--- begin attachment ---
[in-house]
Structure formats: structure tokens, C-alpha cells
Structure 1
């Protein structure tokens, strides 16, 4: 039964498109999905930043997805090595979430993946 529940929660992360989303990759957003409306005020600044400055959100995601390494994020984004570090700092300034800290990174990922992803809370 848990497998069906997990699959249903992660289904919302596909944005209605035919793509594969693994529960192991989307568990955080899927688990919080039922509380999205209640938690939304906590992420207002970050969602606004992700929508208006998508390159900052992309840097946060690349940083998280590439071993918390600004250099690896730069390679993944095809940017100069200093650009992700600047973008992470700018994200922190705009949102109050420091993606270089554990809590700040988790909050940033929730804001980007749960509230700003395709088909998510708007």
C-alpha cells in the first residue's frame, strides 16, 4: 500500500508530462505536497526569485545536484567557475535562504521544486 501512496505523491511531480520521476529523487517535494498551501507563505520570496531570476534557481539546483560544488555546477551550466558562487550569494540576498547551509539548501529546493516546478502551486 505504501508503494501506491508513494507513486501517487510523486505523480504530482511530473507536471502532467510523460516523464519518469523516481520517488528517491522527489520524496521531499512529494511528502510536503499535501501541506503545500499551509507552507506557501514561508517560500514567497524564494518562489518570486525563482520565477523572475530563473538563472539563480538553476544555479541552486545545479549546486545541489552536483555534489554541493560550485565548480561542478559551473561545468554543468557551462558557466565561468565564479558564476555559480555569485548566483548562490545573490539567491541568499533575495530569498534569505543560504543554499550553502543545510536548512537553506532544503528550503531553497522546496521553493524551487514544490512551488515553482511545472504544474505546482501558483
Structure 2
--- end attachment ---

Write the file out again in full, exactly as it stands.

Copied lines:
[in-house]
Structure formats: structure tokens, C-alpha cells
Structure 1
């Protein structure tokens, strides 16, 4: 039964498109999905930043997805090595979430993946 529940929660992360989303990759957003409306005020600044400055959100995601390494994020984004570090700092300034800290990174990922992803809370 848990497998069906997990699959249903992660289904919302596909944005209605035919793509594969693994529960192991989307568990955080899927688990919080039922509380999205209640938690939304906590992420207002970050969602606004992700929508208006998508390159900052992309840097946060690349940083998280590439071993918390600004250099690896730069390679993944095809940017100069200093650009992700600047973008992470700018994200922190705009949102109050420091993606270089554990809590700040988790909050940033929730804001980007749960509230700003395709088909998510708007």
C-alpha cells in the first residue's frame, strides 16, 4: 500500500508530462505536497526569485545536484567557475535562504521544486 501512496505523491511531480520521476529523487517535494498551501507563505520570496531570476534557481539546483560544488555546477551550466558562487550569494540576498547551509539548501529546493516546478502551486 505504501508503494501506491508513494507513486501517487510523486505523480504530482511530473507536471502532467510523460516523464519518469523516481520517488528517491522527489520524496521531499512529494511528502510536503499535501501541506503545500499551509507552507506557501514561508517560500514567497524564494518562489518570486525563482520565477523572475530563473538563472539563480538553476544555479541552486545545479549546486545541489552536483555534489554541493560550485565548480561542478559551473561545468554543468557551462558557466565561468565564479558564476555559480555569485548566483548562490545573490539567491541568499533575495530569498534569505543560504543554499550553502543545510536548512537553506532544503528550503531553497522546496521553493524551487514544490512551488515553482511545472504544474505546482501558483
Structure 2